That particular Yao bride said that some of her friends did not eat for three days before they wed, one refrained from food for an entire week, but that she thought that old fashioned. However, she and they had their first meal after their marriage of winter melon soup and that she thought was an OK custom. She had short hair, some Yao women have long hair, and when asked about this custom she said: "I am young, just nineteen and Yao women usually cut their hair only twice in their lives." When asking if this was before the marriage, "sort of" was her answer, then she turned away. Turns out her husband indicated women cut their hair at eighteen and again at thirty-eight. Neither she nor he knew why not.

Her oldest friend just became pregnant, and she told us she no longer eats chicken, garlic, hot peppers, lamb, fish, scallions or onions, and no bittermelon. She quickly added, that she will not adhere to that because "what is left to eat," she asked? That same friend told her that after the baby is born, her mother-in-law said she will not be allowed to sleep with her son for a hundred days; "that I won't do either." Later she said, "I hope my mother-in-law will make me newborn soup of ginger, peanuts, and lots of liquor for at least a month or two." Seems that tradition was one she was hoping to enjoy.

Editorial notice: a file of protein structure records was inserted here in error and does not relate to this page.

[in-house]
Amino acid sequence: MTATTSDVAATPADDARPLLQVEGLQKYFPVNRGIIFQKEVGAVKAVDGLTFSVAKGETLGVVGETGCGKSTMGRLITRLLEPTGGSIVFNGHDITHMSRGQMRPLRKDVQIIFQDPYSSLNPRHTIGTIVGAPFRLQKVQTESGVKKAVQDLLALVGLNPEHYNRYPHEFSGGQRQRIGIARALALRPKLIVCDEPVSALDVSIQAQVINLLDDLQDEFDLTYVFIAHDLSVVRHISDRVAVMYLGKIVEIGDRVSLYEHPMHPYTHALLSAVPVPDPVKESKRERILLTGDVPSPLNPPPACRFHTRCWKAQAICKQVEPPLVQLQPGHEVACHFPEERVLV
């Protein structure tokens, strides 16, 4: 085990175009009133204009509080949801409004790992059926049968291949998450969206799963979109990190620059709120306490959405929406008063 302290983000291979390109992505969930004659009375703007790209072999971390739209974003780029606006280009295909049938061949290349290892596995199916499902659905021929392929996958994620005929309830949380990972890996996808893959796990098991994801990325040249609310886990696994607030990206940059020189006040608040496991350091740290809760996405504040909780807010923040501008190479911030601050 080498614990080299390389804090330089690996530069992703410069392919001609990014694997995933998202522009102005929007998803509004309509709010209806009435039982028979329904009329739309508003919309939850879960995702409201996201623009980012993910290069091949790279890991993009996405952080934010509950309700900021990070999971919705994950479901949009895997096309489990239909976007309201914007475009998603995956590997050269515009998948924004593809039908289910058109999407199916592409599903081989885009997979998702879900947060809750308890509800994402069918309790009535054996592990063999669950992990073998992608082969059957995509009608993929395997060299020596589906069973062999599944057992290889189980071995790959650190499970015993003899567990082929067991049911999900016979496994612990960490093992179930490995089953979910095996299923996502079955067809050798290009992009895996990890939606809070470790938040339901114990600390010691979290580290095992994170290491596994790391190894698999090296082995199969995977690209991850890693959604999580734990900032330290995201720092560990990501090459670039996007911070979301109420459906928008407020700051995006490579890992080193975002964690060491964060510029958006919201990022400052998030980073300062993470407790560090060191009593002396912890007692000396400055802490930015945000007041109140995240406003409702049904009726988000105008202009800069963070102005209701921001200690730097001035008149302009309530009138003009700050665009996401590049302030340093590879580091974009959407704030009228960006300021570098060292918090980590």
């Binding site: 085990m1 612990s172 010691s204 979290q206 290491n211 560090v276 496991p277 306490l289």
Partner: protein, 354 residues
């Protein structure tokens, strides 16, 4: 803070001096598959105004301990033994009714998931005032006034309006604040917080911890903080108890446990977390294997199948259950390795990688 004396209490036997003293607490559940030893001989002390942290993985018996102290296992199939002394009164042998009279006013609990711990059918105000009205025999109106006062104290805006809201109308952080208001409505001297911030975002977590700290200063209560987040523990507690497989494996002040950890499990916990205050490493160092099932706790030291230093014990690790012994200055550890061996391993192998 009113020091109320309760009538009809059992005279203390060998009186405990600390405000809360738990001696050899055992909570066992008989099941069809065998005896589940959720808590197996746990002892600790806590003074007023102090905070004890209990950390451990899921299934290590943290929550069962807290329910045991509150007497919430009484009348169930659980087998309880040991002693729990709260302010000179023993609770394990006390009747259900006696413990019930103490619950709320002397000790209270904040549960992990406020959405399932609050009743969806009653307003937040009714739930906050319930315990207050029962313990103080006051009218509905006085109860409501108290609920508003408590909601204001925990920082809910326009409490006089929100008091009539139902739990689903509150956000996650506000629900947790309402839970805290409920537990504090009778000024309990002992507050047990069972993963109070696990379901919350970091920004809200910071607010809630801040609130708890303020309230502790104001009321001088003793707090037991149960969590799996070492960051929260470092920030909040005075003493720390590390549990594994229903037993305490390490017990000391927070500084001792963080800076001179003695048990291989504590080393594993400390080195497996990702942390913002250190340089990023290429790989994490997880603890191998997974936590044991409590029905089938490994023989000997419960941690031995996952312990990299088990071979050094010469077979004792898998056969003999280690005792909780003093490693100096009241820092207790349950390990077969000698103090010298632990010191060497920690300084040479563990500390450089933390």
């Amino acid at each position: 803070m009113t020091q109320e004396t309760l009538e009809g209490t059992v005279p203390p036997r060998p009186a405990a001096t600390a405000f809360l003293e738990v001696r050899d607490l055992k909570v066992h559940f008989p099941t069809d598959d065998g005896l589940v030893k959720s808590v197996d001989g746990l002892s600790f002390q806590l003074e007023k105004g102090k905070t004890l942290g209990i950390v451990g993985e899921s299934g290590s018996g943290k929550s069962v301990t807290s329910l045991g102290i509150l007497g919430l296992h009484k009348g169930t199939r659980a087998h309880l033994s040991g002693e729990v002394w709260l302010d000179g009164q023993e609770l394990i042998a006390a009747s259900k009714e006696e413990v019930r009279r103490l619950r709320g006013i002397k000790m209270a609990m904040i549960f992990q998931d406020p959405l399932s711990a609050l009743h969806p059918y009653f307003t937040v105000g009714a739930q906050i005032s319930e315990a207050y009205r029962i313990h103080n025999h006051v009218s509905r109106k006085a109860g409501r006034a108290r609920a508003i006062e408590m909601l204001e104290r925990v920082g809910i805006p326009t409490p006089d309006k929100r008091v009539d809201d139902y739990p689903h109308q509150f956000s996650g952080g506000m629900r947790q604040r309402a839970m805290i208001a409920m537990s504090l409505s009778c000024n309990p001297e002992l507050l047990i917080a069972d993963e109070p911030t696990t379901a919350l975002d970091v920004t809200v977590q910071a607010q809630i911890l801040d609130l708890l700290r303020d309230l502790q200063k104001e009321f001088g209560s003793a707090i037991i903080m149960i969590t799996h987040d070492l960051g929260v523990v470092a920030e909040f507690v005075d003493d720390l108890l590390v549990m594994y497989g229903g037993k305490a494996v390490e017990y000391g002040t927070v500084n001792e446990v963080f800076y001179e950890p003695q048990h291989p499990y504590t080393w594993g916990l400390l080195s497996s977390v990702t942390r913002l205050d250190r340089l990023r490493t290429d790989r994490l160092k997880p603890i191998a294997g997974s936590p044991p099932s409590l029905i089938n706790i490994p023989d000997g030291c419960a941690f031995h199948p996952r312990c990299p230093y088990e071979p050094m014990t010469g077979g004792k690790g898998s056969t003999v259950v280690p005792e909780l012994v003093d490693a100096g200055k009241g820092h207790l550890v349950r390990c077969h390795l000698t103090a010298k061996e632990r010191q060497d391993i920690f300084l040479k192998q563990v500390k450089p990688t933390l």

Red Bean Dumplings
Ingredients:
1 cup flour
1 Tablespoon plus 1 teaspoon vegetable oil, separated
1/4 teaspoon salt
1 cup prepared or canned red bean paste
Preparation:
1. Mix the flour, tablespoon of oil, and the salt, and knead until smooth. Make one inch balls, and roll each one to about five-inch diameter.
2. Fill each piece of dough in the center with one heaping tablespoon of the bean paste, wet the edges of the dough and pleat it enclosing the bean paste. Flatten them very slightly.
3. Oil a heat-proof dish, and place the dumplings on it. Put this over rapidly boiling water, and steam for eight minutes. Then serve.
Yao Chili Mushrooms
Ingredients:
2 Tablespoons dried cloud ear mushrooms, soaked, and coarsely chopped
2 Tablespoons dried wood ear mushrooms, soaked, and coarsely chopped
2 Tablespoons dried Chinese black mushrooms, soaked, and coarsely chopped
2 Tablespoons dried swordbelt mushrooms, soaked, and coarsely chopped
2 Tablespoons dried abalone mushrooms, soaked, and coarsely chopped